• The Granny Smith tree is described as vigorous and upright, and its fruit has a tall, conical shape
  • The apple itself is said to have juicy and sweet flesh with “excellent flavour”
  • About 60,000 tonnes of Granny Smiths are harvested each year in Australia
  • That makes it the second most popular variety behind the Pink Lady apple, also known as Cripps Lady

Sources: New South Wales Department of Primary Industries and the Australian Bureau of Statistics

Beckley would have been right “in the eye of the storm”, said Prof Short.

It was “one of the most pauperised parishes” in the county, according to the guardians of the Rye Poor Law Union.

“We are in the greatest possible distress for want of labour at the Rye union board,” wrote parish official Samuel Selmes.

“Yesterday we had upwards of 80 labourers out of employ and our houses [workhouses] are quite full.”

The solution, officials decided, was to send people abroad.

By November the parish had paid for about 200 people to be taken to Australia to begin new lives. Maria, Thomas and their five children were among them.

A letter written decades later by Granny Smith’s grandson, Benjamin Spurway, describes how the family found employment in Australia before taking on land for themselves and establishing an orchard.

Image copyright Family handout

The letter has only recently come to light after lying undiscovered for decades.

The land was heavily-timbered, he wrote.

“Much hard work, determination and courage were needed before the land was cleared, ploughed and cultivated and ready to make a fruit orchard, which they decided upon.

“The day came when their ambitions were realised and a beautiful orchard took the place of wilderness.

“Oranges and all kinds of fruit of that period were grown on the rich soil.”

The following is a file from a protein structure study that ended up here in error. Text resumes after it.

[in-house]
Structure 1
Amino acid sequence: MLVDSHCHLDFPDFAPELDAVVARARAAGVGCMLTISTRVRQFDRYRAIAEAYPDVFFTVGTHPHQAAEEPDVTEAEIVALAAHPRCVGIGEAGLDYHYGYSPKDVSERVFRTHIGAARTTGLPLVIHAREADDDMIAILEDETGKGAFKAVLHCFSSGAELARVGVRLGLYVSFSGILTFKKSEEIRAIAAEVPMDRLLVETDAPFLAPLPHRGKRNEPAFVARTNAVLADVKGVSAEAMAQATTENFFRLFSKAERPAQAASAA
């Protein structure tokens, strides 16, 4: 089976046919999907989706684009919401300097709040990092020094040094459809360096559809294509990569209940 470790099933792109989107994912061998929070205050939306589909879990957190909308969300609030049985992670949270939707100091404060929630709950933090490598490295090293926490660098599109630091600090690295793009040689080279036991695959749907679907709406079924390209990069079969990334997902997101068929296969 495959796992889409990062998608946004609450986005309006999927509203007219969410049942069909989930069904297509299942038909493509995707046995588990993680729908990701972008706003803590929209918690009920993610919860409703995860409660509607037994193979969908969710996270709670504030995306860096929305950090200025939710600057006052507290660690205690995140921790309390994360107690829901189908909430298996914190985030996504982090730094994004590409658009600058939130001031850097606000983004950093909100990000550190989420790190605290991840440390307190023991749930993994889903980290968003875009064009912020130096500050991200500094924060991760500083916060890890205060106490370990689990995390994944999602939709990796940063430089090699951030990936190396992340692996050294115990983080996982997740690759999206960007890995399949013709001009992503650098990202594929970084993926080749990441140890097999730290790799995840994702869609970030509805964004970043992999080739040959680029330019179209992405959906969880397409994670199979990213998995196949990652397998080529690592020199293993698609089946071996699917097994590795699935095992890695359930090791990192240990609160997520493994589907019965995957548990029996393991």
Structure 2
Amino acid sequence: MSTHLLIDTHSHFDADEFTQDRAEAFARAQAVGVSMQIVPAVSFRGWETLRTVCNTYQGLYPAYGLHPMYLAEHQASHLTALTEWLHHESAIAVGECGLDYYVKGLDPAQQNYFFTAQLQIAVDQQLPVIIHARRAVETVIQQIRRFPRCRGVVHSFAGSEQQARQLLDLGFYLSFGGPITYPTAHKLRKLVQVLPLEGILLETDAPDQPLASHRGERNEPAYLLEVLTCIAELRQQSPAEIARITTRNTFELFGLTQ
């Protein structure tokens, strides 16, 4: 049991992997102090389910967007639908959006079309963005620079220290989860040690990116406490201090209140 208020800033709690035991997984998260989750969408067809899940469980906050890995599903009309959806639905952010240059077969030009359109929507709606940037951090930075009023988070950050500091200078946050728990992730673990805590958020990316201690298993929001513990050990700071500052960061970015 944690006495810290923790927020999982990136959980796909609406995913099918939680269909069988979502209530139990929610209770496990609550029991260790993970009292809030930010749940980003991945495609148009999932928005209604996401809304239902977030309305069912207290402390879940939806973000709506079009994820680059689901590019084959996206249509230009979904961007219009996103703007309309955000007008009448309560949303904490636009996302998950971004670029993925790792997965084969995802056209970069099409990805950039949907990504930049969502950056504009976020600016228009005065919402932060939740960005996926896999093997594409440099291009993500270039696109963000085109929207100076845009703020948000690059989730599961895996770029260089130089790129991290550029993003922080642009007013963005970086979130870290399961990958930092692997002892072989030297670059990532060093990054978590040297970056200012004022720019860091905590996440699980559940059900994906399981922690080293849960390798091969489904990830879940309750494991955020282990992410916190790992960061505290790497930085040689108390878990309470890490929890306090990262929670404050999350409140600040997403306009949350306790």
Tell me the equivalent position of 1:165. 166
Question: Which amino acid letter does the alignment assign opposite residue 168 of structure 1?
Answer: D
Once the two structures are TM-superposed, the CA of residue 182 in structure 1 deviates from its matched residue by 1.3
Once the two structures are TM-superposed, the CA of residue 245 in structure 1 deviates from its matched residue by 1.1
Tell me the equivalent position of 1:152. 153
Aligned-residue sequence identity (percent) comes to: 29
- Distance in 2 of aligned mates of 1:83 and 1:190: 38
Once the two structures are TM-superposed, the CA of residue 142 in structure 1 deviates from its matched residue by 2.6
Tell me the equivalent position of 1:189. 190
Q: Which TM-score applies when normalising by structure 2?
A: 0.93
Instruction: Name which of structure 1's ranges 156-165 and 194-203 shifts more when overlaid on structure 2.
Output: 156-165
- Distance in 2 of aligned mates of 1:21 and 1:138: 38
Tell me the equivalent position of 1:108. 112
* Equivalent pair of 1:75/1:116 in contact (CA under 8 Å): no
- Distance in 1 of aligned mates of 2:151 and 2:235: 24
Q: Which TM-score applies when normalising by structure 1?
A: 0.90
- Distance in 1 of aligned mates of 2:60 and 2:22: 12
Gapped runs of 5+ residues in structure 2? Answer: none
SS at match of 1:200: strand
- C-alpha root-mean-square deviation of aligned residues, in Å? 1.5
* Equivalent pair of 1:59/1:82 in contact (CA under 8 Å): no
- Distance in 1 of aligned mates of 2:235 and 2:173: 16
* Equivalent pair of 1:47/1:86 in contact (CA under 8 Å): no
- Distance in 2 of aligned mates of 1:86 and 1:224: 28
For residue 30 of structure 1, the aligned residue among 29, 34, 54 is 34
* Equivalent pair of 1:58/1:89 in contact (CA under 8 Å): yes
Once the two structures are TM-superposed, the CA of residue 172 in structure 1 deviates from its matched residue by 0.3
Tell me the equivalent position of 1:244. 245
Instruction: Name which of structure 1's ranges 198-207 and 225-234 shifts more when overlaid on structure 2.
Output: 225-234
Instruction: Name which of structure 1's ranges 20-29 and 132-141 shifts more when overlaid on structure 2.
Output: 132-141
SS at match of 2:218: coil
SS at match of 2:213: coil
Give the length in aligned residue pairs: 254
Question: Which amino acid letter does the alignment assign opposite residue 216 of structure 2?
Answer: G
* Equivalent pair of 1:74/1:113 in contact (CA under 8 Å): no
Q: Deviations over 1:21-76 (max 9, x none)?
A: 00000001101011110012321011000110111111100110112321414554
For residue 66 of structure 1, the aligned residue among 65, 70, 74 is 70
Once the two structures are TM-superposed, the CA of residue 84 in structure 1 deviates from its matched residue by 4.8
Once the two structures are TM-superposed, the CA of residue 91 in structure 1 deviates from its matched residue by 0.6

Spurway goes on to tell how Thomas Smith took on a market stall to sell the fruit but came back penniless after he stopped at the pub. At that point, Maria took over the stall.

It was at the market another fruit producer gave her a batch of crab apples to test their cooking qualities.

According to her grandson, she made two pies, dropped the peelings and cores out of the window, and the first Granny Smith seedling grew.

The family records the first Granny Smith apple was produced in 1868, two years before she died.

Image copyright Getty Images/Lesley-Ann Magno
Image caption Up to 90,000 people gather to celebrate Granny Smith each year in Australia

Later, the apple grew in popularity and went on to become one of Australia’s major food exports. Today it is grown around the world.

In Eastwood, which long ago became a suburb of Sydney, the bountiful fruit that made the area prosperous is still remembered.

A Granny Smith festival has been held each year since 1985 and is attended by tens of thousands of people.

However, the Smith family did not become rich.

“Fruit can’t be patented, and I often think how rich we could have been if it had have been different,” said Sue Butler, who is Maria’s great-great-great-great-great granddaughter.

“But we are proud of its history.”

Read more: https://www.bbc.co.uk/news/uk-england-45434973